Kinetis aims to swing Israel’s image into a new dimension: from stuffy politics to a trendy, vibey capital of creativity.

Say, for example, you are a nice guy: clean-living, good-looking, smart. You have succeeded where others have failed, you can think on your feet and you’re going places. So you invite a sweet young thing on a first date to make her your friend. Before ordering the drinks, you dump a pile of books on the table – histories, UN resolutions, background about yourself – and ask her to read. Before ordering hors d’oeuvres, you request that she sign a paper promising to agree with everything you say. And before graduating to the meal, you insist that she stands up on her chair and declares her allegiance to you publicly. Then you can eat.

Israel, claims Joanna Landau, is like this misguided, nice man. We keep needing people to state their support for us – sometimes in unlikely situations. Then we’re surprised that there’s no second date. Landau, a chic young English/Israeli lawyer by profession, with an LLB and LLM from Cambridge University and an MBA cum laude from the IDC in Herzliya, is determined to help Israel graduate from first date to mutual love. She recently set up KINETIS, a nonprofit, apolitical social start-up, in order to swing Israel’s image into a new dimension: expanding associations of Israel out of merely stuffy politics into those of a trendy, “vibey” capital of creativity.

“We have a threefold program,” explains Landau, a poster girl for the dynamic Israel that she wants to portray. “We want to make Israelis feel proud about their country, make the Jewish Diaspora feel great about their connection to us, and also change perceptions in the non-committed wider populations of the world at large – those who   don’t know too much about Israel, and don’t really care."

A recent study by the US-based TNS Global Marketing Research Company in 13 countries worldwide reveals a vast discrepancy in the numbers of people who are pro- or anti-Israel. In the United States, for example, 51% of the population supports Israel, while 6% are in favor of the Palestinians. In France 25% are pro-Palestinian, 9% support Israel. But that leaves 43% unaffiliated in America, and a whopping 66% of the French don’t give a damn either way. “Here is where we have ‘room to grow’, to capture popular interest,” explains Landau. And here is where Kinetis steps in, with its mission to brand Israel not as just another conflict-ridden country mired in the Middle East, but as a global hub of creativity, innovation and entrepreneurship.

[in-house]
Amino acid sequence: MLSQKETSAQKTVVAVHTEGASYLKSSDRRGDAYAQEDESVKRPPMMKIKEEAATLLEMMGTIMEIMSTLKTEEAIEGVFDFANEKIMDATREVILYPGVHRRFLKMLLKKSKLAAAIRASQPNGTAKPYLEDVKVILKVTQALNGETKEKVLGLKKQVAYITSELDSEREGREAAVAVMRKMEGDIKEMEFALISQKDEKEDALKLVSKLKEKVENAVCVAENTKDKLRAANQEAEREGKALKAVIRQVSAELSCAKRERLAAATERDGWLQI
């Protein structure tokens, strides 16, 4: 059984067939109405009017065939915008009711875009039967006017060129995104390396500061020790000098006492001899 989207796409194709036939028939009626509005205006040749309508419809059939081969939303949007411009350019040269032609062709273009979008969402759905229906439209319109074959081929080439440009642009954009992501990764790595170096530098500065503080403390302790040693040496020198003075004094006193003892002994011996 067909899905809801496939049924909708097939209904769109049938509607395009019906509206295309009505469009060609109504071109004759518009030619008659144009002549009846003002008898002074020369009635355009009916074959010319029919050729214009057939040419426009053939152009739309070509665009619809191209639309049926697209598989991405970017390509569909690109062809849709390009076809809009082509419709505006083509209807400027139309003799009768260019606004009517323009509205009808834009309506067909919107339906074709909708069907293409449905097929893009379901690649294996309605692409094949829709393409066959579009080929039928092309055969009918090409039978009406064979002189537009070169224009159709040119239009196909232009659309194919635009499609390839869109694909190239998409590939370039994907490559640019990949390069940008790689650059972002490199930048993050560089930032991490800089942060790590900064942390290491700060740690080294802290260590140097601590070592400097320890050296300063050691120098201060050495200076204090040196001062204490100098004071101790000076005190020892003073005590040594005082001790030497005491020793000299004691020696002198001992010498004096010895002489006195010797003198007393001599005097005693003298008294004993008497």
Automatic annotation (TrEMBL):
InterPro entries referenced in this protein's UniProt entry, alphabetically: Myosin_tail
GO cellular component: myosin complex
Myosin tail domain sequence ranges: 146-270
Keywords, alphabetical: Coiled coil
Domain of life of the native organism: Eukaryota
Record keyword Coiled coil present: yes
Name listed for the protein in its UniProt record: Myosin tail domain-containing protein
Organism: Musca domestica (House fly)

Enter VIBE ISRAEL.

Vibe Israel, a flagship program of Kinetis, hopes to expose Israel’s creative energy to millions of people around the world in the next three years, by bringing popular online bloggers to see for themselves what goes on here. A pilot program brought five “mommy bloggers” to see how Israel parents its kids, and to post their unique impressions onto their sites. They wrote enthusiastically about seeing Arab and Jewish and Christian kids having fun together at Jerusalem’s Biblical Zoo, and about how family life flourishes on Kibbutz Ein-Gedi. More than 60,000 followers of their posts learned about the splendor of a jeep tour at the Dead Sea, and how Holon is a city for children to be envied and emulated. Emails and Facebook followed; today a whole community of bloggers tunes in for “mommy” news from Israel, with nary a note of discord or mutterings about settlements or stabbings.